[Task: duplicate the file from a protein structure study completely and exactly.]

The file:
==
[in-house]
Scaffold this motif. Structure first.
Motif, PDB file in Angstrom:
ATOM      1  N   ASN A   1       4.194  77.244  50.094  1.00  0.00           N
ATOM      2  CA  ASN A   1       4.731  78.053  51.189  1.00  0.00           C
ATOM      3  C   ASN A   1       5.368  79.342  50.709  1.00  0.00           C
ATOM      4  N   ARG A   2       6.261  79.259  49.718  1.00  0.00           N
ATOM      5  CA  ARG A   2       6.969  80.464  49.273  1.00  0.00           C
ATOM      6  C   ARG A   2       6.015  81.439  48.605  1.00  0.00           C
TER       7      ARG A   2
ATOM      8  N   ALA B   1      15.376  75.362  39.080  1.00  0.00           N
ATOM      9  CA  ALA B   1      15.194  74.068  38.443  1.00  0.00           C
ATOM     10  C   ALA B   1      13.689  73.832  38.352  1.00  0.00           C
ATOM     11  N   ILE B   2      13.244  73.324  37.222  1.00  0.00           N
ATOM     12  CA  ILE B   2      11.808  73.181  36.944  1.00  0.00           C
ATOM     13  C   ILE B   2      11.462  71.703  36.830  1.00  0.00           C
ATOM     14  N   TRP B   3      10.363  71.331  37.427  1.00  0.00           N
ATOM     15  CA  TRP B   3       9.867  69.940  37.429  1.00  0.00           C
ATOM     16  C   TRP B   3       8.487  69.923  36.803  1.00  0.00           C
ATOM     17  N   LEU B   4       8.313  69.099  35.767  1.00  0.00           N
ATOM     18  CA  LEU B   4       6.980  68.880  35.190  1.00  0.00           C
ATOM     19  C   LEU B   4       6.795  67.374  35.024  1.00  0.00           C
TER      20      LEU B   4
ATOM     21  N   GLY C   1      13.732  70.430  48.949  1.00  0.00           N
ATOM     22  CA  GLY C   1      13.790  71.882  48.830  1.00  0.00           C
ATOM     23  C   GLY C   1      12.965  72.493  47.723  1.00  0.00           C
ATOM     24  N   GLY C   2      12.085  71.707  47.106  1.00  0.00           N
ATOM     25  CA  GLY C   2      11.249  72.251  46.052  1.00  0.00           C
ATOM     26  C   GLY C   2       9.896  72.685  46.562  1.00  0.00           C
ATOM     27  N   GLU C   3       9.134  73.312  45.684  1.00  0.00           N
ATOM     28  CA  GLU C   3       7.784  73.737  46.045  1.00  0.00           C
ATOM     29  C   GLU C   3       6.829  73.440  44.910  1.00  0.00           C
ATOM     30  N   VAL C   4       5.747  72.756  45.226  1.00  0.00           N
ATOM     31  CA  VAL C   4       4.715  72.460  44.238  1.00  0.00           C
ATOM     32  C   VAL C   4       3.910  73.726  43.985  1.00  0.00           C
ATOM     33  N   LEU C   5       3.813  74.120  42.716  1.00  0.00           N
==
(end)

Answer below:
[in-house]
Scaffold this motif. Structure first.
Motif, PDB file in Angstrom:
ATOM      1  N   ASN A   1       4.194  77.244  50.094  1.00  0.00           N
ATOM      2  CA  ASN A   1       4.731  78.053  51.189  1.00  0.00           C
ATOM      3  C   ASN A   1       5.368  79.342  50.709  1.00  0.00           C
ATOM      4  N   ARG A   2       6.261  79.259  49.718  1.00  0.00           N
ATOM      5  CA  ARG A   2       6.969  80.464  49.273  1.00  0.00           C
ATOM      6  C   ARG A   2       6.015  81.439  48.605  1.00  0.00           C
TER       7      ARG A   2
ATOM      8  N   ALA B   1      15.376  75.362  39.080  1.00  0.00           N
ATOM      9  CA  ALA B   1      15.194  74.068  38.443  1.00  0.00           C
ATOM     10  C   ALA B   1      13.689  73.832  38.352  1.00  0.00           C
ATOM     11  N   ILE B   2      13.244  73.324  37.222  1.00  0.00           N
ATOM     12  CA  ILE B   2      11.808  73.181  36.944  1.00  0.00           C
ATOM     13  C   ILE B   2      11.462  71.703  36.830  1.00  0.00           C
ATOM     14  N   TRP B   3      10.363  71.331  37.427  1.00  0.00           N
ATOM     15  CA  TRP B   3       9.867  69.940  37.429  1.00  0.00           C
ATOM     16  C   TRP B   3       8.487  69.923  36.803  1.00  0.00           C
ATOM     17  N   LEU B   4       8.313  69.099  35.767  1.00  0.00           N
ATOM     18  CA  LEU B   4       6.980  68.880  35.190  1.00  0.00           C
ATOM     19  C   LEU B   4       6.795  67.374  35.024  1.00  0.00           C
TER      20      LEU B   4
ATOM     21  N   GLY C   1      13.732  70.430  48.949  1.00  0.00           N
ATOM     22  CA  GLY C   1      13.790  71.882  48.830  1.00  0.00           C
ATOM     23  C   GLY C   1      12.965  72.493  47.723  1.00  0.00           C
ATOM     24  N   GLY C   2      12.085  71.707  47.106  1.00  0.00           N
ATOM     25  CA  GLY C   2      11.249  72.251  46.052  1.00  0.00           C
ATOM     26  C   GLY C   2       9.896  72.685  46.562  1.00  0.00           C
ATOM     27  N   GLU C   3       9.134  73.312  45.684  1.00  0.00           N
ATOM     28  CA  GLU C   3       7.784  73.737  46.045  1.00  0.00           C
ATOM     29  C   GLU C   3       6.829  73.440  44.910  1.00  0.00           C
ATOM     30  N   VAL C   4       5.747  72.756  45.226  1.00  0.00           N
ATOM     31  CA  VAL C   4       4.715  72.460  44.238  1.00  0.00           C
ATOM     32  C   VAL C   4       3.910  73.726  43.985  1.00  0.00           C
ATOM     33  N   LEU C   5       3.813  74.120  42.716  1.00  0.00           N